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Ohio State vs. Penn State final score: 3 things we learned from OSU's 31-24 2 OT win

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The Buckeyes watched their offense completely melt down, letting Penn State complete a 17-0 comeback to pick up the huge upset in overtime.

Evan Habeeb-USA TODAY Sports

This was the first trip into a truly hostile environment for this young Ohio State squad, and you could certainly tell. Ohio State was able to ride their interior rush game, and added enough timely defense top grab a 17-0 lead, but a total offensive meltdown in the second half let Penn State claw back into the game, tying it with 9 seconds left on a Sam Ficken 31 yard field goal. Bill Belton plunged into the endzone in the first overtime to give Penn State their first lead of the game, but J.T Barrett led a punishing run game across two overtimes to jumpstart Ohio State's offense just enough to win.

Ezekiel Elliot paced the Buckeye offense early, with 76 yards on 14 carries in the first half alone, already surpassing what Penn State typically gives up in rushing yards for an entire game. J.T Barrett added a 1 yard touchdown pass to Jeff Heuerman, and Vonn Bell added an athletic, if highly questionable after looking at the replay, interception to set up Ohio State's first touchdown.

Penn State's line put up a valiant effort, but didn't have the depth or the ability to provide much of a running game, or to protect Christian Hackenberg, who finished 10-16 for only 67 yards and a pick in the first half. From there, Ohio State's ground mostly to a halt, as Barrett was pressured like he was against Virginia Tech, and the Buckeyes were unable to effectively attack Penn State downfield.

However ineffective Ohio State was moving the ball, Penn State was even worse, scoring their first touchdown on a pick six from Barrett to open the second half, and then adding a 24 yard touchdown pass after Barrett threw his second interception in the 4th quarter to pull the Nittany Lions within 17-14.

After an Ohio State drive stalled near midfield after a questionable wildcat call, Penn State started a drive inside their own one yard line with 8:00 left to go in the game, but the Nittany Lions stalled out after a few first downs and had to punt near the five minute mark, giving Ohio State the ball near midfield. Ohio State went three and out, punted and pinned Penn State inside their own 10 with three minutes to go, forcing the Nittany Lions to drive the length of the field, which they almost did.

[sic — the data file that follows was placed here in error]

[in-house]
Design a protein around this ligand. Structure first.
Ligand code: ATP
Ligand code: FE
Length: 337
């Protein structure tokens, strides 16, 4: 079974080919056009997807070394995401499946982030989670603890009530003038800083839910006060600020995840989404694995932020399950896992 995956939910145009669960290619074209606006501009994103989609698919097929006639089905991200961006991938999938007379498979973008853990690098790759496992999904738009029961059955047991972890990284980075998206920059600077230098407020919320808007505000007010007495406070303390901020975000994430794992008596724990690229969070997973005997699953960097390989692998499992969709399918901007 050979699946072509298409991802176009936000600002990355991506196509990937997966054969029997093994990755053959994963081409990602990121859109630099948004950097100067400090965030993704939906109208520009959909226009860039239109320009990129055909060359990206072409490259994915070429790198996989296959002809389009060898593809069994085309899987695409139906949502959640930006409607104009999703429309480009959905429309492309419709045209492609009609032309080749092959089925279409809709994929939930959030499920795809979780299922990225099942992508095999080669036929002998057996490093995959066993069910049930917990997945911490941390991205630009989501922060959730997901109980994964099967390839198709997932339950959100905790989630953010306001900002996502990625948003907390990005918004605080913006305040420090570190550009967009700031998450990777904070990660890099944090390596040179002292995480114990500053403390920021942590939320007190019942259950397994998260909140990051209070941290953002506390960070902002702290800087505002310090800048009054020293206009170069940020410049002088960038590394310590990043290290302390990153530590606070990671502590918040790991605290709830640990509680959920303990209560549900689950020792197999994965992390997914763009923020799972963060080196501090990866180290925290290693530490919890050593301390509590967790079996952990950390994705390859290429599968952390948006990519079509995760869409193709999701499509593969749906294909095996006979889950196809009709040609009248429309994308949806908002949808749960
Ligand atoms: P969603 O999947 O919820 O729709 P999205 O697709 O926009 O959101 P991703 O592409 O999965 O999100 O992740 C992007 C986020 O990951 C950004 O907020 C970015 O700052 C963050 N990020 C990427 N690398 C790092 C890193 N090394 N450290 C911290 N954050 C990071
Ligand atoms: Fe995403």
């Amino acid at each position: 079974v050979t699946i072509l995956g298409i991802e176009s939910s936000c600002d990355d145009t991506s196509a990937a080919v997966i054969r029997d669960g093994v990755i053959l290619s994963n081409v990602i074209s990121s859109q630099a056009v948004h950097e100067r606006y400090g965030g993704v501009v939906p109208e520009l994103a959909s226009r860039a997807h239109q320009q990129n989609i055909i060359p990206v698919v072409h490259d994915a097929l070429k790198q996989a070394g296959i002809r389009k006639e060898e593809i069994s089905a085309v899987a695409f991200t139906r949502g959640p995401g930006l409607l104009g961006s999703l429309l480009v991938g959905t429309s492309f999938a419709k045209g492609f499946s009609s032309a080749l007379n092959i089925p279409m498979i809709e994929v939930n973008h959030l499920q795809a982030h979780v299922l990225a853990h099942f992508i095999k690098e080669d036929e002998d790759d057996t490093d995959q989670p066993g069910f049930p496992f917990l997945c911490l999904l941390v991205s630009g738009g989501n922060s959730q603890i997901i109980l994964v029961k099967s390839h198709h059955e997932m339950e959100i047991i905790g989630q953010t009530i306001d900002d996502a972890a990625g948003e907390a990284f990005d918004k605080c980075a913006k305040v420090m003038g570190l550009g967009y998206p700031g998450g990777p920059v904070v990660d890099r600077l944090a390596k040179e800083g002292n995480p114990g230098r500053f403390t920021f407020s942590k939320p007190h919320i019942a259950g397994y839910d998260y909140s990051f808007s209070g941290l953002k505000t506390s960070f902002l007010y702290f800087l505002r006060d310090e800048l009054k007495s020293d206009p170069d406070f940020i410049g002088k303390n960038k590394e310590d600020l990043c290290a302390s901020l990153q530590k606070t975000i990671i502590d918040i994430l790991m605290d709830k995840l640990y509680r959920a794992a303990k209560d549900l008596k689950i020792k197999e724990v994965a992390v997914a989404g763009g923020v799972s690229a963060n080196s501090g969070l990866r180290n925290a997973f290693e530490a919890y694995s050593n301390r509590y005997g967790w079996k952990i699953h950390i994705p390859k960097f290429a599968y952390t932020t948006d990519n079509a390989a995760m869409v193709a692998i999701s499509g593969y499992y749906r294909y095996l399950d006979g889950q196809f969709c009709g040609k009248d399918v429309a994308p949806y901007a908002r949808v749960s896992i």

3 things we learned

1) Ohio State's special teams are special. Heading into the game, the Buckeyes led the country in field position differential. Today was no different. The Buckeyes had an average field position of their own 39 yard line in the first half, while Penn State averaged a start on their own 20. The Buckeyes also drilled a 49 yard field goal in the first half, although they missed a similar kick later in the game. Being able to constantly flip the field and give yourselves a short field puts a young offense into better positions to succeed. A bad punt return decision by Jalin Marshall hurt that final margin a bit, but two huge punts pinned Penn State inside their own 10 yard line as they attempted drives to take the lead. It wasn't quite enough to prevent overtime, but this unit did everything it needed to do to win the game.

2) Ohio State's defense? Pretty good! Sure, Penn State isn't Baylor. Yes, Penn State's depth has been wrecked by sanctions. But this is still a team with a lot of pride, with a probable NFL-caliber quarterback, and with some solid talent at wideout. Ohio State completely bottled up the Nittany Lion offense, pressuring Hackenberg all game, grabbing two critical interceptions (one setting up the first touchdown), and had Penn State under 100 total yards under Hackenberg threw a 24 yard touchdown with 11 minutes left, and that touchdown drive started in Ohio State territory thanks to a Barrett pick.

3) This is a talented, but still really young team. Ohio State's offense had been running through the last four weeks like an angry Death Star, but against a talented Penn State defense and in front of over 100,000 angry, white-clad fans, the entire unit turned in a Virginia Tech-like performance. The offensive line struggled in pass protection, leading Barrett to make a few questionable decisions. Ohio State's playcalling turned Ted Cruz-level conservative, and when the team actually did try to attack Penn State downfield, Barrett missed the throws, or threw interceptions. Ohio State's defense and special teams played more than well enough to win, but this offense imploded so badly that a bad Penn State team was able to climb back into the game and force OT. That's not good enough to beat Michigan State or be a playoff contending team.